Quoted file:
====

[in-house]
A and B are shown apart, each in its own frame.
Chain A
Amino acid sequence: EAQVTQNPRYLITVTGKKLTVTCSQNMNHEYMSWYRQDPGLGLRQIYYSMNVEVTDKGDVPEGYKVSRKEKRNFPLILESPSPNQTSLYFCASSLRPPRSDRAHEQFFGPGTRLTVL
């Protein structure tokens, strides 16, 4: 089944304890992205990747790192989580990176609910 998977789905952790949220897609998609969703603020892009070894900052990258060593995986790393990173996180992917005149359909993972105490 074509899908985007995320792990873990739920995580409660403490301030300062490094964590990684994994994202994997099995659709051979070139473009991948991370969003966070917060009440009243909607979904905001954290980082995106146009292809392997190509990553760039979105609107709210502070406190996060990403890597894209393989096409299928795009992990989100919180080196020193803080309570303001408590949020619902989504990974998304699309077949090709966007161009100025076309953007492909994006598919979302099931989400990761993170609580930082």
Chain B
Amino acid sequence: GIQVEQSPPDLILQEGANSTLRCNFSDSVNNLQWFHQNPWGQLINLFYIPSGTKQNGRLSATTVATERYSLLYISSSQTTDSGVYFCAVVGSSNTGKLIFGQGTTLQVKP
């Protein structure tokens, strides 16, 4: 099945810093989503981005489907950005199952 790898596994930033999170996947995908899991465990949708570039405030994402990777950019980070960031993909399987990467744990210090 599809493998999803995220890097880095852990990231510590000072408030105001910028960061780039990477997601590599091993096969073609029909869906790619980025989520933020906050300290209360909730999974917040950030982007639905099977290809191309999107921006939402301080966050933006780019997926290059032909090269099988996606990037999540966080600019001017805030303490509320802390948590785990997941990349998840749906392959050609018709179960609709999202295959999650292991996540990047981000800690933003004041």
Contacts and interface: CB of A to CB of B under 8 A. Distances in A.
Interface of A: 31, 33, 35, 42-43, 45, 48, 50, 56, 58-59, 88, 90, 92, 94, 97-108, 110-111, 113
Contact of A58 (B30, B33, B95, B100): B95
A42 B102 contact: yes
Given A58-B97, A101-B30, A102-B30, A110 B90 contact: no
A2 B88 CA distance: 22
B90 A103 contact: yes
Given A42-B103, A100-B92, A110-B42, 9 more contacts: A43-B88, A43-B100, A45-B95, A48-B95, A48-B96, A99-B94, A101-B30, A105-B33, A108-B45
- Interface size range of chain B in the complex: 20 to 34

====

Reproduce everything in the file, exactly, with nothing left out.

[in-house]
A and B are shown apart, each in its own frame.
Chain A
Amino acid sequence: EAQVTQNPRYLITVTGKKLTVTCSQNMNHEYMSWYRQDPGLGLRQIYYSMNVEVTDKGDVPEGYKVSRKEKRNFPLILESPSPNQTSLYFCASSLRPPRSDRAHEQFFGPGTRLTVL
């Protein structure tokens, strides 16, 4: 089944304890992205990747790192989580990176609910 998977789905952790949220897609998609969703603020892009070894900052990258060593995986790393990173996180992917005149359909993972105490 074509899908985007995320792990873990739920995580409660403490301030300062490094964590990684994994994202994997099995659709051979070139473009991948991370969003966070917060009440009243909607979904905001954290980082995106146009292809392997190509990553760039979105609107709210502070406190996060990403890597894209393989096409299928795009992990989100919180080196020193803080309570303001408590949020619902989504990974998304699309077949090709966007161009100025076309953007492909994006598919979302099931989400990761993170609580930082």
Chain B
Amino acid sequence: GIQVEQSPPDLILQEGANSTLRCNFSDSVNNLQWFHQNPWGQLINLFYIPSGTKQNGRLSATTVATERYSLLYISSSQTTDSGVYFCAVVGSSNTGKLIFGQGTTLQVKP
């Protein structure tokens, strides 16, 4: 099945810093989503981005489907950005199952 790898596994930033999170996947995908899991465990949708570039405030994402990777950019980070960031993909399987990467744990210090 599809493998999803995220890097880095852990990231510590000072408030105001910028960061780039990477997601590599091993096969073609029909869906790619980025989520933020906050300290209360909730999974917040950030982007639905099977290809191309999107921006939402301080966050933006780019997926290059032909090269099988996606990037999540966080600019001017805030303490509320802390948590785990997941990349998840749906392959050609018709179960609709999202295959999650292991996540990047981000800690933003004041």
Contacts and interface: CB of A to CB of B under 8 A. Distances in A.
Interface of A: 31, 33, 35, 42-43, 45, 48, 50, 56, 58-59, 88, 90, 92, 94, 97-108, 110-111, 113
Contact of A58 (B30, B33, B95, B100): B95
A42 B102 contact: yes
Given A58-B97, A101-B30, A102-B30, A110 B90 contact: no
A2 B88 CA distance: 22
B90 A103 contact: yes
Given A42-B103, A100-B92, A110-B42, 9 more contacts: A43-B88, A43-B100, A45-B95, A48-B95, A48-B96, A99-B94, A101-B30, A105-B33, A108-B45
- Interface size range of chain B in the complex: 20 to 34